“This Segur is a sin,” he adds, picking up another point that makes him brush. “The fact that midwives are forgotten is a political and symbolic mistake that says a lot about the patriarchy in France,” he claims. “Midwives are respected in more advanced countries when it comes to gender equality, where the importance of women’s health is recognized.”

The same analysis from Cécile Caze, midwife coordinator for the Seine-Saint-Denis perinatal network. “We are 98% a female profession and we also take care of women: it is a double burden!”, She says. She deplores the lack of professional political weight that brings together “only” 24,000 people in France (against more than 700,000 nurses). In addition to not acknowledging their status, she regrets their exclusion from the Segur negotiations.

“When Olivier Véran says that the upgrades are the result of trade union negotiations, it should be remembered that midwives’ unions could not sit in Ségur and that the general unions do not recognize the singularity of our profession,” specifies -she, in response to the Minister of Health who insured France 2 on 22 July that “midwives are not forgotten at all”.

Midwives, “sharp in the storm” from Covid-19

Birth control pills are all the more difficult to swallow because, like other medical devices, midwives have been on the bridge since the onset of the Covid-19 crisis. “Women do not stop giving birth under Covid,” continues Cécile Caze, who, like Adrien Gantois, participated in the operational national crisis unit throughout the containment.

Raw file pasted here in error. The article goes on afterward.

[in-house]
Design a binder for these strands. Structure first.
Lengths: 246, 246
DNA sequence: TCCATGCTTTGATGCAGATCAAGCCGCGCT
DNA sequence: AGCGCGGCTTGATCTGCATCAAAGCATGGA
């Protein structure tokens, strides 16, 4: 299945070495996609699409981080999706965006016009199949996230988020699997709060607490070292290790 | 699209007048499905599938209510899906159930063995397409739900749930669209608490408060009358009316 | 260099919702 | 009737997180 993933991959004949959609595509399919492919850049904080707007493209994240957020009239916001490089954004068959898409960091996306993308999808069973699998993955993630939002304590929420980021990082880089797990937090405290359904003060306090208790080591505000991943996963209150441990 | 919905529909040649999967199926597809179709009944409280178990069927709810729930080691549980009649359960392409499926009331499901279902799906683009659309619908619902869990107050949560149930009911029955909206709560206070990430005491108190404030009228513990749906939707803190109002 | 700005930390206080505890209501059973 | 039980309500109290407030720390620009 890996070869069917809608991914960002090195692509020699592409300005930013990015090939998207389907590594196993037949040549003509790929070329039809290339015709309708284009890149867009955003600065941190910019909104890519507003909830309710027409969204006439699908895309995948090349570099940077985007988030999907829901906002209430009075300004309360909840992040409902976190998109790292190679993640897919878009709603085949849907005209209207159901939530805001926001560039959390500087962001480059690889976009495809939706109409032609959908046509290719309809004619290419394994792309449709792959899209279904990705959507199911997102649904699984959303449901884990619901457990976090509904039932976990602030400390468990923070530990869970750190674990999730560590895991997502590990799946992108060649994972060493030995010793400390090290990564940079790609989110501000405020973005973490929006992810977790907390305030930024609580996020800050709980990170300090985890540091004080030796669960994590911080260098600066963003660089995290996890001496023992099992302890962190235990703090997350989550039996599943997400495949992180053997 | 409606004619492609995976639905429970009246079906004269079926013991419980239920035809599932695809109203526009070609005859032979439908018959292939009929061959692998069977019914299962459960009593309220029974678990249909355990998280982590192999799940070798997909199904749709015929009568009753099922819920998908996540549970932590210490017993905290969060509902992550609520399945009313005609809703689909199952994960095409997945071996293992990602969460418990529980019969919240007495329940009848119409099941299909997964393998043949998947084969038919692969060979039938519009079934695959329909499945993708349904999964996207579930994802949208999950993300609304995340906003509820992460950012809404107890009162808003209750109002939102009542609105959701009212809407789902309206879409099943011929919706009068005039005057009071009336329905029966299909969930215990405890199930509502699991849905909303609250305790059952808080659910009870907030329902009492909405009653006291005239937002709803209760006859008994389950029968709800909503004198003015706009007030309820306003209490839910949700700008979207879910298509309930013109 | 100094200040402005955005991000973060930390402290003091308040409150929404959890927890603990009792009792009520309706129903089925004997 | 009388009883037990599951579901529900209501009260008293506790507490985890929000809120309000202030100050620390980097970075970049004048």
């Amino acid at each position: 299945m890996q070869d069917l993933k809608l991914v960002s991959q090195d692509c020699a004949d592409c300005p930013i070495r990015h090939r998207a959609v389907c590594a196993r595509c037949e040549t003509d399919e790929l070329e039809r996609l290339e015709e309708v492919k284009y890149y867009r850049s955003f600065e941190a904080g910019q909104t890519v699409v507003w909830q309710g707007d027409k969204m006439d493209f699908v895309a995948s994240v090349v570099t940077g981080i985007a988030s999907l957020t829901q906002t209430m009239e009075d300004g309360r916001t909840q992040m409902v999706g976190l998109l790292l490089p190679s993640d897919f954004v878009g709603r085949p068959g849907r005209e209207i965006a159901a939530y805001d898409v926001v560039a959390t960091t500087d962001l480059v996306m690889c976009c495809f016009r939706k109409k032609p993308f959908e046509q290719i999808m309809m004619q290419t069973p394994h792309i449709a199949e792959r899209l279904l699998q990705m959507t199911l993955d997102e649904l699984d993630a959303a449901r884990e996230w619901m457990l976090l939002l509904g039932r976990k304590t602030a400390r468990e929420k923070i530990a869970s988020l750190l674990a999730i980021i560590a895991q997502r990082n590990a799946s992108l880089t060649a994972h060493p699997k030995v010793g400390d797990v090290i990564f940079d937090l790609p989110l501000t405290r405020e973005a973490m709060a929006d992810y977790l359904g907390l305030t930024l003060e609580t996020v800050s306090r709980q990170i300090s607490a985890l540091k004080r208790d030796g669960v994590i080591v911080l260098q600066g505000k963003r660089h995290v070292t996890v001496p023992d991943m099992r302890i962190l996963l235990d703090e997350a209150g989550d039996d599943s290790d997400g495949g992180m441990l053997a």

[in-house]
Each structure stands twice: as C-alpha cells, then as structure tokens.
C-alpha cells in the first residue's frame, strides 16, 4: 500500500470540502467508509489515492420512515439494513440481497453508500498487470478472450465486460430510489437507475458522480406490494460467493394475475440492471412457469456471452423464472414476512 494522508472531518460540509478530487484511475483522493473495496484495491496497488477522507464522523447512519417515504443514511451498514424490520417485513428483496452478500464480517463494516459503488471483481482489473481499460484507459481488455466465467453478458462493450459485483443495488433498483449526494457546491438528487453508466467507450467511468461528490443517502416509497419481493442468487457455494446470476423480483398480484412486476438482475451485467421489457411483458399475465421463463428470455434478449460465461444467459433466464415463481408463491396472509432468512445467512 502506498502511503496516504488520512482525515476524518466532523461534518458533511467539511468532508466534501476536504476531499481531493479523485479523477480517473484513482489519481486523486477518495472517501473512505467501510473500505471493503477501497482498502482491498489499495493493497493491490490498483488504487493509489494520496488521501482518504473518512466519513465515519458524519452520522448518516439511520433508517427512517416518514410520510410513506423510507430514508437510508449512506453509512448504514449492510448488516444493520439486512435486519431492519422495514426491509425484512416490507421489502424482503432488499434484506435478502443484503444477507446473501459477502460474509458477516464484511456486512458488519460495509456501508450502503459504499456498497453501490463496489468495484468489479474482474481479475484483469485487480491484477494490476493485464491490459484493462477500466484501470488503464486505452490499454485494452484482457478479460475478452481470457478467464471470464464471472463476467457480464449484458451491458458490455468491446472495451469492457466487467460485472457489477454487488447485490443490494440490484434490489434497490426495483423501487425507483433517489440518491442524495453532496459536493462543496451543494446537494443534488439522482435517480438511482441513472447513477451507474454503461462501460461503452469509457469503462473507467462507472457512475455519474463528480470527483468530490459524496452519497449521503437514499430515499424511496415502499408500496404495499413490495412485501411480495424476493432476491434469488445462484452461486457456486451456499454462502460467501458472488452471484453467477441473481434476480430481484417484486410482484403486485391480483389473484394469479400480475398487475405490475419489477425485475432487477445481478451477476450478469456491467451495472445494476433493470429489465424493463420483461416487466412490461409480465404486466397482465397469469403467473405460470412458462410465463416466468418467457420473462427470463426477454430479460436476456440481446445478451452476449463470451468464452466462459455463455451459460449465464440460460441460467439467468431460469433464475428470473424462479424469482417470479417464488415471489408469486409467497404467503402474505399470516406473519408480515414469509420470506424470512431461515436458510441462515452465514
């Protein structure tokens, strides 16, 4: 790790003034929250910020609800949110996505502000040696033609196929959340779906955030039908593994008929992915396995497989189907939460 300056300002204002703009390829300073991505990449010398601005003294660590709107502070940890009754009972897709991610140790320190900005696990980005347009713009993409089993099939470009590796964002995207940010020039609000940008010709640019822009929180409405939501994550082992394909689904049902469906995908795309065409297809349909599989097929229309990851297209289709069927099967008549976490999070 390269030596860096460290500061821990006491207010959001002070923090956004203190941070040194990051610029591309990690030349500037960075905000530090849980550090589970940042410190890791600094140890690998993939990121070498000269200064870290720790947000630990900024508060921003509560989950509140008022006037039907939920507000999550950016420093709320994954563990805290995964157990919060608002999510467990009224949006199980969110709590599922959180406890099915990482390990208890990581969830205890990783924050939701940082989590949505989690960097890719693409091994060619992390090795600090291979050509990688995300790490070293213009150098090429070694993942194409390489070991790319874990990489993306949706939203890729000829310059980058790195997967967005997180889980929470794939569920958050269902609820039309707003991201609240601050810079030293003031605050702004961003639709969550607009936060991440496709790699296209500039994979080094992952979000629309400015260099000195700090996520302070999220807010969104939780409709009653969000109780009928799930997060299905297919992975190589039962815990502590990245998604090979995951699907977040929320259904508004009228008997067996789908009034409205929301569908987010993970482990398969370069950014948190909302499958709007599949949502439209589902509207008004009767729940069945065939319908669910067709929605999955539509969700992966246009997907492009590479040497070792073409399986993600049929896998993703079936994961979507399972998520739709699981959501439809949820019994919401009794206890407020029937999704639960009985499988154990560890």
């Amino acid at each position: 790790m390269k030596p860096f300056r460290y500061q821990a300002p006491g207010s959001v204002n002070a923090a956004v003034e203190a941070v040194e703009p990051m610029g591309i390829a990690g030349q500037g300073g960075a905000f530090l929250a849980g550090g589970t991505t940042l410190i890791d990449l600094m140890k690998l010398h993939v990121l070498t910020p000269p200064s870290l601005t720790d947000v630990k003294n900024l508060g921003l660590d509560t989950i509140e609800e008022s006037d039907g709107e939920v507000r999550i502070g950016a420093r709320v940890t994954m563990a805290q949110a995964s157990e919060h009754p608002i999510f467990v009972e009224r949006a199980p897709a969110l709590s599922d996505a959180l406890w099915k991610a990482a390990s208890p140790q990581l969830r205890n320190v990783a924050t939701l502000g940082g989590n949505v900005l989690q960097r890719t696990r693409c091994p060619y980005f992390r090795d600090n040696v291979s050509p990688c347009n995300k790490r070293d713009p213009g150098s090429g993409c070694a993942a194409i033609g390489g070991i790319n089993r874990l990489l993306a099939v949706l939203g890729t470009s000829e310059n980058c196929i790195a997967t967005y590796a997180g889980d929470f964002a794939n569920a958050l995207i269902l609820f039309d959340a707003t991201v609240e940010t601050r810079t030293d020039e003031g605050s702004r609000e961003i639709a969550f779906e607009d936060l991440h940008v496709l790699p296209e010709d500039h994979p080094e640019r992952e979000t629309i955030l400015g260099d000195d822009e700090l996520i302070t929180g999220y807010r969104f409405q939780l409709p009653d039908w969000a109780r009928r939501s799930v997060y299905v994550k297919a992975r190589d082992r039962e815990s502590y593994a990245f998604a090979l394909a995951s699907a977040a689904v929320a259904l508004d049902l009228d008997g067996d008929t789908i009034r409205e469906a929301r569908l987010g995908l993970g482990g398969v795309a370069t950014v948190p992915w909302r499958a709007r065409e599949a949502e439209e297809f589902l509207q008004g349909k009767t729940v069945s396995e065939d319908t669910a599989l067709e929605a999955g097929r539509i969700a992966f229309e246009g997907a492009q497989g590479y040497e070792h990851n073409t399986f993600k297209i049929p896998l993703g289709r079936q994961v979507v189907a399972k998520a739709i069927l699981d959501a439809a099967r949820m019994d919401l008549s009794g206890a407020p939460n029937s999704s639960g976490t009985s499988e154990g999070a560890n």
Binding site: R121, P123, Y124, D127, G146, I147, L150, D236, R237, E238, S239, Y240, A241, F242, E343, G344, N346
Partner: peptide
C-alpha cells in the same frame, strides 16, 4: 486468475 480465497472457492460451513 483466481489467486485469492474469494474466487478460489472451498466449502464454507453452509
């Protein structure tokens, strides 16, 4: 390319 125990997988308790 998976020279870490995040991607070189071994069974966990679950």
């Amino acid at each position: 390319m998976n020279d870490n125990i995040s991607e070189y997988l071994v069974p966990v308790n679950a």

Located in the Seine-Saint-Denis, one of the departments most affected by Covid-19 during the peak of the health crisis, with more than 200 cases of pregnant patients diagnosed positive for the virus, the Maison des médecins du Pré-Saint -Gervais carried out its mission without interruption. “We gave everything”, assures Adrien Gantois: preparation of a protocol, preparation of teleconsultation, continuation of emergency care and ultrasound examinations with available means – masks bought in pharmacies, canteens dresses available at City Hall and the charlottes given by a physiotherapy practice … “We was like sharp in the storm, “Adrien ignites. But women could hold on to it.

Diagnosed positively for Covid-19 in February, six and a half months before her pregnancy, Rebecca was first taken to the emergency room and then benefited from the preparation for birth by teleconsultation and the necessary face-to-face: “explained that the risk of fetal transmission was minimal, “I stuck to this idea. The midwives reassured me,” she explains, leaving her follow-up consultant after the birth.

Need for rest and recognition

At the end of July, when the Seine-Saint-Denis crossed the Covid-19 watchdog threshold – with an incidence of 10.1 pollutants per 100,000 inhabitants registered during the week of 6 to 12 July, which had not happened since the end of May – the midwives confirm that they feel a “tremor”. They say they are more prepared than in March last year. More tired too.

Since the end, consultations have resumed under restrictive sanitary conditions and the schedule is not empty for pregnant women: “The future generation of containment”, laughs Adrien, whose blue eyes we only see smiling, above the mask. But he does not hide his exhaustion. “I need a rest to be able to secure in the event of a second wave. I also have to go back because Segur was the state coup. If we do poorly, we can not follow good quality. The ministries can not understand.”